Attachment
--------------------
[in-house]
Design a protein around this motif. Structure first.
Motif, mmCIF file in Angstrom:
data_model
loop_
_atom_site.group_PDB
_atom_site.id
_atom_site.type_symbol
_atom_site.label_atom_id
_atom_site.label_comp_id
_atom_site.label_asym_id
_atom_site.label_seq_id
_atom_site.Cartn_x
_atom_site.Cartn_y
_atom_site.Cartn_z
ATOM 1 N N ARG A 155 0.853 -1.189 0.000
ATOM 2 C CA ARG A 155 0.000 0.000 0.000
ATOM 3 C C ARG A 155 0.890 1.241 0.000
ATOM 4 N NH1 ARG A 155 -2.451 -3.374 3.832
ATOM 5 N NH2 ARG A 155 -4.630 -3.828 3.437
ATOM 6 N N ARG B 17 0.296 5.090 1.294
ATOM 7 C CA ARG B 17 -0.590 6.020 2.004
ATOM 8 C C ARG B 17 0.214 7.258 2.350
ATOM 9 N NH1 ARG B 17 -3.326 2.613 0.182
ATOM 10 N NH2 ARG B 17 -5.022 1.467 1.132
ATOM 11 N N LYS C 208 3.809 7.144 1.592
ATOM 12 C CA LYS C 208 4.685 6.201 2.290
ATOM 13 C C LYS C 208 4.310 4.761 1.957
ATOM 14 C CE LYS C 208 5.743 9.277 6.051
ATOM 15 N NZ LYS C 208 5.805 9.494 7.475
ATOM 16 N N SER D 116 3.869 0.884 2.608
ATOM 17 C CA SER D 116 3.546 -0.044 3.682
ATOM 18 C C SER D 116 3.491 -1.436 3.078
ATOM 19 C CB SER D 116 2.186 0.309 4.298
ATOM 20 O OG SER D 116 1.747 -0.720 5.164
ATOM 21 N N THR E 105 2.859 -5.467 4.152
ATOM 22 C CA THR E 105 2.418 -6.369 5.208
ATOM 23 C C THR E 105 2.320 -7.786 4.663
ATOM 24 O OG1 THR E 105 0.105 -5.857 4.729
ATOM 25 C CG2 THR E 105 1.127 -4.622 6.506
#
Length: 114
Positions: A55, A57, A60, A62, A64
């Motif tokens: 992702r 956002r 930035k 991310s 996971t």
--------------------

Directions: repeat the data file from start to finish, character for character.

[in-house]
Design a protein around this motif. Structure first.
Motif, mmCIF file in Angstrom:
data_model
loop_
_atom_site.group_PDB
_atom_site.id
_atom_site.type_symbol
_atom_site.label_atom_id
_atom_site.label_comp_id
_atom_site.label_asym_id
_atom_site.label_seq_id
_atom_site.Cartn_x
_atom_site.Cartn_y
_atom_site.Cartn_z
ATOM 1 N N ARG A 155 0.853 -1.189 0.000
ATOM 2 C CA ARG A 155 0.000 0.000 0.000
ATOM 3 C C ARG A 155 0.890 1.241 0.000
ATOM 4 N NH1 ARG A 155 -2.451 -3.374 3.832
ATOM 5 N NH2 ARG A 155 -4.630 -3.828 3.437
ATOM 6 N N ARG B 17 0.296 5.090 1.294
ATOM 7 C CA ARG B 17 -0.590 6.020 2.004
ATOM 8 C C ARG B 17 0.214 7.258 2.350
ATOM 9 N NH1 ARG B 17 -3.326 2.613 0.182
ATOM 10 N NH2 ARG B 17 -5.022 1.467 1.132
ATOM 11 N N LYS C 208 3.809 7.144 1.592
ATOM 12 C CA LYS C 208 4.685 6.201 2.290
ATOM 13 C C LYS C 208 4.310 4.761 1.957
ATOM 14 C CE LYS C 208 5.743 9.277 6.051
ATOM 15 N NZ LYS C 208 5.805 9.494 7.475
ATOM 16 N N SER D 116 3.869 0.884 2.608
ATOM 17 C CA SER D 116 3.546 -0.044 3.682
ATOM 18 C C SER D 116 3.491 -1.436 3.078
ATOM 19 C CB SER D 116 2.186 0.309 4.298
ATOM 20 O OG SER D 116 1.747 -0.720 5.164
ATOM 21 N N THR E 105 2.859 -5.467 4.152
ATOM 22 C CA THR E 105 2.418 -6.369 5.208
ATOM 23 C C THR E 105 2.320 -7.786 4.663
ATOM 24 O OG1 THR E 105 0.105 -5.857 4.729
ATOM 25 C CG2 THR E 105 1.127 -4.622 6.506
#
Length: 114
Positions: A55, A57, A60, A62, A64
């Motif tokens: 992702r 956002r 930035k 991310s 996971t």